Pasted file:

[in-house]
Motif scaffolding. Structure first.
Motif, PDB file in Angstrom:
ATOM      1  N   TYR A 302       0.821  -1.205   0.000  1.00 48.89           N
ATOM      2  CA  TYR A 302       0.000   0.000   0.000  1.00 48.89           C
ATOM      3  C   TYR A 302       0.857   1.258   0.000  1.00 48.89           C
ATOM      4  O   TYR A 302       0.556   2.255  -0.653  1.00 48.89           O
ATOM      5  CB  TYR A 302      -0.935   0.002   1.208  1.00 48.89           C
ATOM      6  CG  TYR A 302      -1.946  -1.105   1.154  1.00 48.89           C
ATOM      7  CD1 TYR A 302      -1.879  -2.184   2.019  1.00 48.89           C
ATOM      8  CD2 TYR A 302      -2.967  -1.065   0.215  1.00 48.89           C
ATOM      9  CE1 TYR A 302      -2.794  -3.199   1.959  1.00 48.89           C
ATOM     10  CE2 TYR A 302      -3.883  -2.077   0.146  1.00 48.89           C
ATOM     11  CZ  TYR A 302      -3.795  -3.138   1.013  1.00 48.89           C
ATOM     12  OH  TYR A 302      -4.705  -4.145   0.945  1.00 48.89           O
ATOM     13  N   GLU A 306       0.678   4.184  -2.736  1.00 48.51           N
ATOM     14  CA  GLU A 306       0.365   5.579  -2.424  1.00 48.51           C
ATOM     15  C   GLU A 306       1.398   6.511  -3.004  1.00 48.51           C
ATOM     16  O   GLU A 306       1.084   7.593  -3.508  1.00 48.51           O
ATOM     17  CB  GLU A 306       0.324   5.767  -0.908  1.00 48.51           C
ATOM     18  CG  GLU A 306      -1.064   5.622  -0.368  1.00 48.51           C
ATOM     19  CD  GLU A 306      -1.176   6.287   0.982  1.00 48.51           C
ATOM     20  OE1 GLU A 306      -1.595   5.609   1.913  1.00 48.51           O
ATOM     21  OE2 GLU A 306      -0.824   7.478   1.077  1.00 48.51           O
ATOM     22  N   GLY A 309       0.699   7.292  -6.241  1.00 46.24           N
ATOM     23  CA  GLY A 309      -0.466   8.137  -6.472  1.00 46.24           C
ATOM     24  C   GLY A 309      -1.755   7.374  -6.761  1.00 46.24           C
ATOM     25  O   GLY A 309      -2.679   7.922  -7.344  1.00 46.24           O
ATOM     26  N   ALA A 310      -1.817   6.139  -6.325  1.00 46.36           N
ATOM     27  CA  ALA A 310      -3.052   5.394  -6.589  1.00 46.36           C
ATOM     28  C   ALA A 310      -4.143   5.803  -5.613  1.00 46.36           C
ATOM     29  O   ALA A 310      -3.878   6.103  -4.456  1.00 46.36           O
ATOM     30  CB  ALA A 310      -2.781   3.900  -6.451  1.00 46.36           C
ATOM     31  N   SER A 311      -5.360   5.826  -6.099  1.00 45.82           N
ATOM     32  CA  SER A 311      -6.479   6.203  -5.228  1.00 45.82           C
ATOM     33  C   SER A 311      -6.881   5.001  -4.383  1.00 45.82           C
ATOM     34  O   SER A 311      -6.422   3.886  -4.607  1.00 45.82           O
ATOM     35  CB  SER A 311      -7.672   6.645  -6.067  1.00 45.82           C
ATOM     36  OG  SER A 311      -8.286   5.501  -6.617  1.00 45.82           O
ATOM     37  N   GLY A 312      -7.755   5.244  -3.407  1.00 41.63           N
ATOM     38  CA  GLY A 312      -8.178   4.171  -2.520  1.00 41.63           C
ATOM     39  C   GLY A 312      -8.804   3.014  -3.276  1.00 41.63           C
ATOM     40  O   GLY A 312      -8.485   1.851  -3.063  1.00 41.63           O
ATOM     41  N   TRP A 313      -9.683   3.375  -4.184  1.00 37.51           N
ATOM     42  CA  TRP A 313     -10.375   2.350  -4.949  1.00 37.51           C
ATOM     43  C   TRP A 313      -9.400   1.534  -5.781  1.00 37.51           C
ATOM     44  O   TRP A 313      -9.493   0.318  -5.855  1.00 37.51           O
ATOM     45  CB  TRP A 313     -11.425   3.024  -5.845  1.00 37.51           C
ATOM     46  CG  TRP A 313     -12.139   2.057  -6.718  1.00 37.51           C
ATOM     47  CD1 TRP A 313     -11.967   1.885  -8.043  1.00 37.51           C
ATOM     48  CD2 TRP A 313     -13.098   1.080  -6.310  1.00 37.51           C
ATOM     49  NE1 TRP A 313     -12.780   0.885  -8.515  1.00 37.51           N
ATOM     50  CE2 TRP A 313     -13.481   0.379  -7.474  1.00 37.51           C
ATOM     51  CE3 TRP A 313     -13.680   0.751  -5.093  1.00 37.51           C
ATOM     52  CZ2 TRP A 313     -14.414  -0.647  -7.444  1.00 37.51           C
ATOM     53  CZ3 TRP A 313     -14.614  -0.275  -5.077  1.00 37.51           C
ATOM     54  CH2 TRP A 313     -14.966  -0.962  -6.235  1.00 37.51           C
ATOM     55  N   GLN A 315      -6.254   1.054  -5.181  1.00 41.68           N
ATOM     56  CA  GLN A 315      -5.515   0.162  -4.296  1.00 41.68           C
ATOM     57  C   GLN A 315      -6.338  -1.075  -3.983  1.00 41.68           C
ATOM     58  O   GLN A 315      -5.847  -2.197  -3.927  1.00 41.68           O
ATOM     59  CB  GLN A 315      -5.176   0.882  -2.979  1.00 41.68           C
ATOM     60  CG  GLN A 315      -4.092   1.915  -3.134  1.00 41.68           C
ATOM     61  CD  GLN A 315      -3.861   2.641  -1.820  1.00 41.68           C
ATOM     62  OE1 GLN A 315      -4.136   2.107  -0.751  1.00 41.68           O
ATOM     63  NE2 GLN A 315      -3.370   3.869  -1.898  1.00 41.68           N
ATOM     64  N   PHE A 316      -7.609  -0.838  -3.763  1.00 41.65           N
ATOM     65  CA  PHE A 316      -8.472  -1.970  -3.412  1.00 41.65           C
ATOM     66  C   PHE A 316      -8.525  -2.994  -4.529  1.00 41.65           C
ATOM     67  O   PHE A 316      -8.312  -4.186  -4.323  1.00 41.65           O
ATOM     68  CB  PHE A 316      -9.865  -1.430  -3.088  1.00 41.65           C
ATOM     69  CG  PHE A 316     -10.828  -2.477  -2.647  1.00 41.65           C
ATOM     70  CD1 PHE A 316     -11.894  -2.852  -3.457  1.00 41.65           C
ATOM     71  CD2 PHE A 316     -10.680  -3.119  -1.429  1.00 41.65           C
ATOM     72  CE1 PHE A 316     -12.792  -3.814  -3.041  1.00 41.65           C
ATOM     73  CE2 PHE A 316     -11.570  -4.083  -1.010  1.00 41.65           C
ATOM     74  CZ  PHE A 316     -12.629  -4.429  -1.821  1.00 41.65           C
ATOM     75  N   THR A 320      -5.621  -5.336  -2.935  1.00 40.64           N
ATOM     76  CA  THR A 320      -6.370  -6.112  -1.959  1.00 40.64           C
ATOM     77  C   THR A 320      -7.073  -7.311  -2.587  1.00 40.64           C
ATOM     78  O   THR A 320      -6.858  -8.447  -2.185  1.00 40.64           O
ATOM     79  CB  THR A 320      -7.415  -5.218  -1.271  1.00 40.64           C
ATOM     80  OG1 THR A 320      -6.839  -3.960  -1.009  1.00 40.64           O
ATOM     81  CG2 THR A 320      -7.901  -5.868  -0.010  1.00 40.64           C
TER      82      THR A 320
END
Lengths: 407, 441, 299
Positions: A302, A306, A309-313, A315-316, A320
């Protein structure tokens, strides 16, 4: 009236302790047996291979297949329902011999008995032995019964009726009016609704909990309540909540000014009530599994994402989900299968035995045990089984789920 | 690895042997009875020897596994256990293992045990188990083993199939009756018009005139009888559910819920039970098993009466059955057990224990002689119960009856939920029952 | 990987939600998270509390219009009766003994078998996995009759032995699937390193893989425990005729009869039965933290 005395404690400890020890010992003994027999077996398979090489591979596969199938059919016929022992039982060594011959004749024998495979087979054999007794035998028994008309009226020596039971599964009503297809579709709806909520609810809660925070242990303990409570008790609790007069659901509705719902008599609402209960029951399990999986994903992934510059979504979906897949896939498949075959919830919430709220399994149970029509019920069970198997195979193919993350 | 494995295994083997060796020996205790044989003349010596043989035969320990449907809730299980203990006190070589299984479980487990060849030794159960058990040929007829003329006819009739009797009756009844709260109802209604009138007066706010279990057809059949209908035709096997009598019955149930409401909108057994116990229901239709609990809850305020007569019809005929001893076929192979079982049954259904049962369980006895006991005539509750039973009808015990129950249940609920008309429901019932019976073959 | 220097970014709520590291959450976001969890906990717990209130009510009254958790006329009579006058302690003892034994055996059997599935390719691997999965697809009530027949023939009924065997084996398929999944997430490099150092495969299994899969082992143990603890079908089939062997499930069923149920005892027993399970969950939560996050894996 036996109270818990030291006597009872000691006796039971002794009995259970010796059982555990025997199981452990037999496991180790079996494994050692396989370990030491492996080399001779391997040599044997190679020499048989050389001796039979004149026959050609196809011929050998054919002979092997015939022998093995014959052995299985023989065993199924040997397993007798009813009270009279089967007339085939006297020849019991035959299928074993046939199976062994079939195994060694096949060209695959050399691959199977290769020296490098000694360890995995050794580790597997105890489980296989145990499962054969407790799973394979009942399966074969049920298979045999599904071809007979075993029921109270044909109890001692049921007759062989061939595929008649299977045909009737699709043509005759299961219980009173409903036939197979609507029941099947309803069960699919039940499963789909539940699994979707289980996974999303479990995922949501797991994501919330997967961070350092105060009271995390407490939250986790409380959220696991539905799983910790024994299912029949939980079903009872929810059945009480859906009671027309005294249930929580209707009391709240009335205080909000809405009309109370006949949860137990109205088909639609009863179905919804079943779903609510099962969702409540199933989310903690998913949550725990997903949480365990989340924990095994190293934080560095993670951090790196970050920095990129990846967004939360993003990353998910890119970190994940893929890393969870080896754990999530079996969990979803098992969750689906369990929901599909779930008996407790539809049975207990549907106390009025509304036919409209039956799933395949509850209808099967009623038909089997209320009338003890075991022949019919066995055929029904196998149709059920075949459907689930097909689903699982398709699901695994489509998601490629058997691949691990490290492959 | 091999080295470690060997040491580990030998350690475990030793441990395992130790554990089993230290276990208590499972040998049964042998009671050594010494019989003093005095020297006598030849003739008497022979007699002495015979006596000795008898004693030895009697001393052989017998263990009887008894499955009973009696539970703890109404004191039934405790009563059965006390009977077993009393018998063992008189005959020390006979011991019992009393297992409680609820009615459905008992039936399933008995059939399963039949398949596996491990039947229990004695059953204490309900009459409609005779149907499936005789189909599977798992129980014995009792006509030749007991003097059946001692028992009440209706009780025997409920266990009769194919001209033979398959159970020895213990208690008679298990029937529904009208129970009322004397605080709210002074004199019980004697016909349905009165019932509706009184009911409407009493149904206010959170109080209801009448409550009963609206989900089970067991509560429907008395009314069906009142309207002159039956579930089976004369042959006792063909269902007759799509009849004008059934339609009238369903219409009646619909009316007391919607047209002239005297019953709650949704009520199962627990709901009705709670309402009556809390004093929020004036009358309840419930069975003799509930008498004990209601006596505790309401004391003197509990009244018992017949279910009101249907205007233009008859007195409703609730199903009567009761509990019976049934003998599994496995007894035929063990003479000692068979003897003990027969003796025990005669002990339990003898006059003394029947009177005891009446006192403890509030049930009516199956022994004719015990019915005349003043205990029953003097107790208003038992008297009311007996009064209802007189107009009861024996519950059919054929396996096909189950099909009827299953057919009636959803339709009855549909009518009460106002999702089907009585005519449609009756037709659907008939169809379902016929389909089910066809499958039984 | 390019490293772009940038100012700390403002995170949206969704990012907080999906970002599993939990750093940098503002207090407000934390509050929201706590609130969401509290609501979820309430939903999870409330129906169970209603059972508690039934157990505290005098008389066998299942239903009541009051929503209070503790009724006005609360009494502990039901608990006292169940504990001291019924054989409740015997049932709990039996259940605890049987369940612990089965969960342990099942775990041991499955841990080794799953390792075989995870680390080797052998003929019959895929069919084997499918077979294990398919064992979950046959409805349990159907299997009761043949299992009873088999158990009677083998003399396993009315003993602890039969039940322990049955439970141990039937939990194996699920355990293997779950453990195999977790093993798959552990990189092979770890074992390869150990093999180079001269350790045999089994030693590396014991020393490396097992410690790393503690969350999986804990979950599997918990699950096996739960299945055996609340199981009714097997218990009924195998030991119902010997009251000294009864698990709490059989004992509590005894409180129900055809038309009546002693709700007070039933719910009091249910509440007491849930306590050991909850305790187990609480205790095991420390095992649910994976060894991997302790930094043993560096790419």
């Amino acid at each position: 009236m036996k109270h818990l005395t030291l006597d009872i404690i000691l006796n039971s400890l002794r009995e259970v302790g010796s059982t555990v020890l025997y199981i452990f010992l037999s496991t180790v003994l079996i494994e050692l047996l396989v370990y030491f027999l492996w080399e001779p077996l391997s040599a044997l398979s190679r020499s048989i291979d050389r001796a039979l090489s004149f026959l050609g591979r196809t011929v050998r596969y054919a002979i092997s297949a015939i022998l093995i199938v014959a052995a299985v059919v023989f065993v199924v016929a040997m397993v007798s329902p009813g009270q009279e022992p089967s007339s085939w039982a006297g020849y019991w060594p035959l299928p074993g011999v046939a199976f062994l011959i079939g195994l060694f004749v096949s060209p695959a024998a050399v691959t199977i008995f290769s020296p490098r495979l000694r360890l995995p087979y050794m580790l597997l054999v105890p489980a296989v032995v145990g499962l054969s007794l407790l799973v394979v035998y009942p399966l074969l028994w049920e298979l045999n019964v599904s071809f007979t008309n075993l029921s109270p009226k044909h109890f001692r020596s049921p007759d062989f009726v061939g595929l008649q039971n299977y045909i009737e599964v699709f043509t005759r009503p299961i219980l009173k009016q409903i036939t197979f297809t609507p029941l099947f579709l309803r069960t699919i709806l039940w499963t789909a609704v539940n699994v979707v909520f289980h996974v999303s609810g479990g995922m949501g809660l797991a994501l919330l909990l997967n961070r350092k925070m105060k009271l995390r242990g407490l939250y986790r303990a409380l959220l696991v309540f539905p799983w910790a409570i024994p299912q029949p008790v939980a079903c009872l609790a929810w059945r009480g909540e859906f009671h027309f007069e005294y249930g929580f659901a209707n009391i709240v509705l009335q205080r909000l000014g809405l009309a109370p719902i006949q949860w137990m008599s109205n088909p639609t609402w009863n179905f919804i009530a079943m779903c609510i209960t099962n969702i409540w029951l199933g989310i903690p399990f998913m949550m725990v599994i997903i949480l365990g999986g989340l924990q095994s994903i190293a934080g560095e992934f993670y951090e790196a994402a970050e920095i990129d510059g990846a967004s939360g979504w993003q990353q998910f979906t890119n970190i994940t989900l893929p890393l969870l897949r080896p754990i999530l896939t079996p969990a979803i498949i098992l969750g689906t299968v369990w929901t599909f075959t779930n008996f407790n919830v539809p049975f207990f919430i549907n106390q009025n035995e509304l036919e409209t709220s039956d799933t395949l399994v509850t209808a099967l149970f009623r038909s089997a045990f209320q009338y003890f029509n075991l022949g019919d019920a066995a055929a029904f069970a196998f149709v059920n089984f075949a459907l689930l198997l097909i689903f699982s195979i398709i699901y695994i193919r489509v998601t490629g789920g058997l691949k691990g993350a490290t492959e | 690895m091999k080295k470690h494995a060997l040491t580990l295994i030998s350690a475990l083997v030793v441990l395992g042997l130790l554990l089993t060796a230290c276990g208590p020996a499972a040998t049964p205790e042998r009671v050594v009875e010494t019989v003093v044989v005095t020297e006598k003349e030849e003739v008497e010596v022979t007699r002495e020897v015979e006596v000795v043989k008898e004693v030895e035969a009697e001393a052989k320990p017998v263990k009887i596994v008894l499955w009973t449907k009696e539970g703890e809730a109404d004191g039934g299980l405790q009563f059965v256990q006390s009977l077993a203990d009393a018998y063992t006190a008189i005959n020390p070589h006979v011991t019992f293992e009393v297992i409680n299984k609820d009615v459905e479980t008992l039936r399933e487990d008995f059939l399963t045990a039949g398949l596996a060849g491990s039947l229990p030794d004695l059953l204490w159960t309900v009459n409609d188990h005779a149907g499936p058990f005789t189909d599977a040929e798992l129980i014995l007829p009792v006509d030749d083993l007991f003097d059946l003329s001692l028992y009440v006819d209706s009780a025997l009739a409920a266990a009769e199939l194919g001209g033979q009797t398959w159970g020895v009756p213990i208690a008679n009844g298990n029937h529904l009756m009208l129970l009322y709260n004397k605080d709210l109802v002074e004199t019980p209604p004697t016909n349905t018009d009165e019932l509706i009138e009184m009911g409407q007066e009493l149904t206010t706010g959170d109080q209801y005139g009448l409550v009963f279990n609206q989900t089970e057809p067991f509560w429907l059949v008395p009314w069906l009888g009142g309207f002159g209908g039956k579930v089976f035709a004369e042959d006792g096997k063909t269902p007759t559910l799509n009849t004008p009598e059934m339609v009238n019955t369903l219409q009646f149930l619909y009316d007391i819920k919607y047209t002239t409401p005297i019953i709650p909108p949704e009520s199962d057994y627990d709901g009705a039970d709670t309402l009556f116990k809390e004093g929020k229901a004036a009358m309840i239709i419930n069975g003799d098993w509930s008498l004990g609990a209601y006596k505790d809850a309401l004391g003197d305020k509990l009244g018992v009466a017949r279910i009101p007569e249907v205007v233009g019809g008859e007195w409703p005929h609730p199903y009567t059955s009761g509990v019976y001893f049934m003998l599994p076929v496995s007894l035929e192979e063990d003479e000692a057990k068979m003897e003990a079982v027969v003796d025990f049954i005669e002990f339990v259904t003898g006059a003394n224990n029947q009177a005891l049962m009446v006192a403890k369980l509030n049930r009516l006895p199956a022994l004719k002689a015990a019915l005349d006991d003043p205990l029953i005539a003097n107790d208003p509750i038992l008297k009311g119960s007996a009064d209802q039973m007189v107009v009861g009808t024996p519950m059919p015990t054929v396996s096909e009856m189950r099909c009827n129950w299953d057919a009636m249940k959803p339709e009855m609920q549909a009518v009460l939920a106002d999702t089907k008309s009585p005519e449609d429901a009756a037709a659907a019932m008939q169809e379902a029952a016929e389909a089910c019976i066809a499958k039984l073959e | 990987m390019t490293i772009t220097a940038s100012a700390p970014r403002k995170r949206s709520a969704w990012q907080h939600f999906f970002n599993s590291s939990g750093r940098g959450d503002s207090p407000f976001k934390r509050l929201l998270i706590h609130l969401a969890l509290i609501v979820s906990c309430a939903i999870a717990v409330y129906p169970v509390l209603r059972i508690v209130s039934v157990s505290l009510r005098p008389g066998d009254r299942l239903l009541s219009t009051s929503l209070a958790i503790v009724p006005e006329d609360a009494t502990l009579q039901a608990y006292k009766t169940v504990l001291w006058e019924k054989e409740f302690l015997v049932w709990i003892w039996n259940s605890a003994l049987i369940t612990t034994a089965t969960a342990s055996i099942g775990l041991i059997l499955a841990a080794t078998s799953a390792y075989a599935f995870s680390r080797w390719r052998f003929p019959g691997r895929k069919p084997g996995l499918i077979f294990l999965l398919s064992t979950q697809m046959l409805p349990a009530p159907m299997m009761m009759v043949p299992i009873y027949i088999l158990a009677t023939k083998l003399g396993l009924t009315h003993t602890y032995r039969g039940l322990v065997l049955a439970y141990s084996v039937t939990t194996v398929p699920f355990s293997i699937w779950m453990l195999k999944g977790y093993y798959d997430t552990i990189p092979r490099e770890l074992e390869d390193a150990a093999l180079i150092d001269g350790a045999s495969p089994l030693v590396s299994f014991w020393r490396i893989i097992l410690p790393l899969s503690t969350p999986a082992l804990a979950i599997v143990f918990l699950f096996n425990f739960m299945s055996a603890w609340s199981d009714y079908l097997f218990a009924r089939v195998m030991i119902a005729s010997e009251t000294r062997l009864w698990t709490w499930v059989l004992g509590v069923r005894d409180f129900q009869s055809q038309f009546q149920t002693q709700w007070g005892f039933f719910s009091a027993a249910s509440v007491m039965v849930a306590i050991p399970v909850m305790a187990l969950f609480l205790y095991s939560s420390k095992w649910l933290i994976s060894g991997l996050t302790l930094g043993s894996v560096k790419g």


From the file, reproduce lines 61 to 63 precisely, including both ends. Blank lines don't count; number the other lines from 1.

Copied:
ATOM     58  O   GLN A 315      -5.847  -2.197  -3.927  1.00 41.68           O
ATOM     59  CB  GLN A 315      -5.176   0.882  -2.979  1.00 41.68           C
ATOM     60  CG  GLN A 315      -4.092   1.915  -3.134  1.00 41.68           C